If more and more people want a particular product, and the same number of units are in circulation, then obviously the price will go up. Supply and demand govern all markets in the world.

If the cold destroys the tomato crop within one year, and there are fewer edible tomatoes than expected, it makes sense to raise the market price of tomatoes, given the same demand. However, imagine for a moment that people are suddenly buying a lot more tomatoes than in previous years. The demand is increasing and the availability of tomatoes is decreasing, so the price will rise much more than in the previous case.

Demand can grow due to two factors: that the participants are stable and the number of orders is increasing, or that the number of orders is stable, but the number of participants is increasing. Even a combination of the two is possible.

In the following example, we just assumed that the number of participants increases for the same number of products. So, on the one hand, we have Satoshi Nakamoto who decided that Bitcoin (BTC) should become increasingly scarce over time, and on the other hand, there is a potential increase in the price of Bitcoin due to the gradual entry of new people into the market.

Therefore, it is a question of studying the degree of adoption of cryptocurrencies in global markets in order to understand where the value of bitcoins is moving and, in general, where cryptocurrency capital may go in the future.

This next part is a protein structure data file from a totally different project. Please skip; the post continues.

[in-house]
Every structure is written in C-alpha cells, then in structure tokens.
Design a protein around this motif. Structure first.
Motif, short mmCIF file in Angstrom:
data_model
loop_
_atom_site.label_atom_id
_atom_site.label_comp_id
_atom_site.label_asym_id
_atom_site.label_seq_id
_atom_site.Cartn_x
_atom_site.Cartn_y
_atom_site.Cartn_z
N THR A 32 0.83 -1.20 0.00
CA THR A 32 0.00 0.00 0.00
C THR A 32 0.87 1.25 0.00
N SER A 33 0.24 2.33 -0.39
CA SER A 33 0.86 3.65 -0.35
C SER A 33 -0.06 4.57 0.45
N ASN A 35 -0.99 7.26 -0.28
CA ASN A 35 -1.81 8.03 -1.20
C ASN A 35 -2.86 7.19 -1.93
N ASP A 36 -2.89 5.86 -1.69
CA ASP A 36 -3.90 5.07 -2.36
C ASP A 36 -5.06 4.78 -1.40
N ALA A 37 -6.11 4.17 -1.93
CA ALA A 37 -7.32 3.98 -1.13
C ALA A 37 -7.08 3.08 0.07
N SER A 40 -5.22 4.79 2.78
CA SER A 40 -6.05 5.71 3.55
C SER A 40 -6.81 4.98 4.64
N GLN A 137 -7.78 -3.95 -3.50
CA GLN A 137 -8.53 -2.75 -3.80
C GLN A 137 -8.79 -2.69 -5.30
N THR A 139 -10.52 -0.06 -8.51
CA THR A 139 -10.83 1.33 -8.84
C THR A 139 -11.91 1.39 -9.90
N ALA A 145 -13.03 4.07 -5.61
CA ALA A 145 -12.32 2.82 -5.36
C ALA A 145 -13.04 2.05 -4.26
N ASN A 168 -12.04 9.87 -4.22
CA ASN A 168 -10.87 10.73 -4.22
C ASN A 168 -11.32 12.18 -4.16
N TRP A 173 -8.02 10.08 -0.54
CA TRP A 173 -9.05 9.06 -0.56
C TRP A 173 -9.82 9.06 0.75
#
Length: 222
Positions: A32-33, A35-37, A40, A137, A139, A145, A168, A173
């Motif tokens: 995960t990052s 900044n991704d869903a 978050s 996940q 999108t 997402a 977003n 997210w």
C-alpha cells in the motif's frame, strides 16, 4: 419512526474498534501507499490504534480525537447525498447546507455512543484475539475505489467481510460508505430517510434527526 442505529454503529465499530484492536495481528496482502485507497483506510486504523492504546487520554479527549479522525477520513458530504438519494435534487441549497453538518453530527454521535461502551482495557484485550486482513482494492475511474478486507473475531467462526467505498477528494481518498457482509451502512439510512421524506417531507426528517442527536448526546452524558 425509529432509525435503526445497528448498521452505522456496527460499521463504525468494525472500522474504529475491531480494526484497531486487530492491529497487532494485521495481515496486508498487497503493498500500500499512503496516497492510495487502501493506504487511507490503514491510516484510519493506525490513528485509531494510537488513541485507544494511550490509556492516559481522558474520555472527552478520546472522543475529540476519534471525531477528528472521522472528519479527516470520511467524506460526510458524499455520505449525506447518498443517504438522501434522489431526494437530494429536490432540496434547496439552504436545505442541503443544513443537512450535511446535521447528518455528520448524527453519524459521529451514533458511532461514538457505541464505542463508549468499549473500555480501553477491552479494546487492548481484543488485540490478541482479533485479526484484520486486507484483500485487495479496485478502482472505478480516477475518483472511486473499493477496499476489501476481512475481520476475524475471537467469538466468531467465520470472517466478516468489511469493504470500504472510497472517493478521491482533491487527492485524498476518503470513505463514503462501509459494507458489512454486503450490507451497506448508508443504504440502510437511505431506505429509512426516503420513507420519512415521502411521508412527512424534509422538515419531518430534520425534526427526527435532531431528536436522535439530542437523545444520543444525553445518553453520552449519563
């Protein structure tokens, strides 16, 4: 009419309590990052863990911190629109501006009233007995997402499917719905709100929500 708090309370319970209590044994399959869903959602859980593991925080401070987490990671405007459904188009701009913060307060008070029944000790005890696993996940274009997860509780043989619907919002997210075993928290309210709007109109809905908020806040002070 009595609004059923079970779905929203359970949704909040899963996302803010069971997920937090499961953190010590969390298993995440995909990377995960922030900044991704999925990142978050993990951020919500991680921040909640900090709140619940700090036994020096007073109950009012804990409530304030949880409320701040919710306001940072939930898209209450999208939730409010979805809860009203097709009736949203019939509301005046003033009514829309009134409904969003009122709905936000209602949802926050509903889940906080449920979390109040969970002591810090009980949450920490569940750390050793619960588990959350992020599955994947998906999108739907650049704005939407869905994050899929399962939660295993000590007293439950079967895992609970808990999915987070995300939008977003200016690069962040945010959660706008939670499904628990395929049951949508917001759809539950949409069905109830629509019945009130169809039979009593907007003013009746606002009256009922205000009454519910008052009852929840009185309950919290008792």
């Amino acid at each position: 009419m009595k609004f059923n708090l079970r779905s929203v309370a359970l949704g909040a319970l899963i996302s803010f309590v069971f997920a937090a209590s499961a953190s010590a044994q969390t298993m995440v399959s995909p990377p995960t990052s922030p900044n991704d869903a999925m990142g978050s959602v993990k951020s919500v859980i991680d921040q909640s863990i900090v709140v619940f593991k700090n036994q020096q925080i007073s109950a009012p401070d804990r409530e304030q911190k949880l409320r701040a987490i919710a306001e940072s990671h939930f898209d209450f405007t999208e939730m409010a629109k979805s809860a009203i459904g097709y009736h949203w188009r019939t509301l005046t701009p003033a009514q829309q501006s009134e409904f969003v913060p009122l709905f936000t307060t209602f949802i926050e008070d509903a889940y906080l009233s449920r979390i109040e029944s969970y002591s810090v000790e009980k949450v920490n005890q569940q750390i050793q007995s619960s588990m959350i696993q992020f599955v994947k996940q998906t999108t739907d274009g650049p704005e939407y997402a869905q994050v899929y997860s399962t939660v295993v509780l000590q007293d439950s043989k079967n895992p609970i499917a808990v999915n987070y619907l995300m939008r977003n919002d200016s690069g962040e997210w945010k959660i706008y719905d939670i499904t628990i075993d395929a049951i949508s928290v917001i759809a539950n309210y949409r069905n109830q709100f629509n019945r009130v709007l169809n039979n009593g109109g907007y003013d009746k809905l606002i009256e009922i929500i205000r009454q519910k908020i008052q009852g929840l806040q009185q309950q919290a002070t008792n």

The growth in the number of wallets is not entirely exponential, but close to it. To predict future growth, you should use the “force law” function, which can better estimate the curvature. To do this, we first plot the graph on a logarithmic scale and then calculate the function that best approximates it.

While this feature does not take into account the possible future increase based on the increase in interest that could appear in 2021 after the unexpected rise in bitcoin, this exercise is used to estimate the growth in the number of wallets over time.

To estimate the rise in the value of bitcoins using the number of wallets in circulation, we need to estimate the average amount in each wallet using a fairly simple function:

Bitcoin capitalization/number of wallets

We now have an estimate of the average bitcoin value per wallet. However, the data suggests something completely different: 70% of wallets hold 0.01 BTC or less, 2% of wallets own more than 95% of the bitcoins in circulation, and exchanges own about 7%.

These reports help us understand the huge potential of Bitcoin in the future, as it is clear that those who own the majority are not selling it because they know Bitcoin and its potential very well. Those with 0.01 BTC or less tend to buy more, and of course, there are always new wallets opening every month.

However, taking the average, we can note the average value, expressed in US dollars, of the contents of these wallets:

Since the average of these deposits is based on the value of bitcoins, to get a best estimate of the “range” of prices that bitcoin can enter, the red dotted line represents the 10th percentile for US dollar-denominated wallets; The blue dashed line represents the 90th percentile. This “area” allows us to determine the value of Bitcoin’s capitalization over time, based on the perceived degree of Bitcoin adoption.

This assessment does not take into account several factors that could make him overly cautious. For institutional investors entering the market, the average amount per portfolio can be much higher than the blue bar shown in the example.

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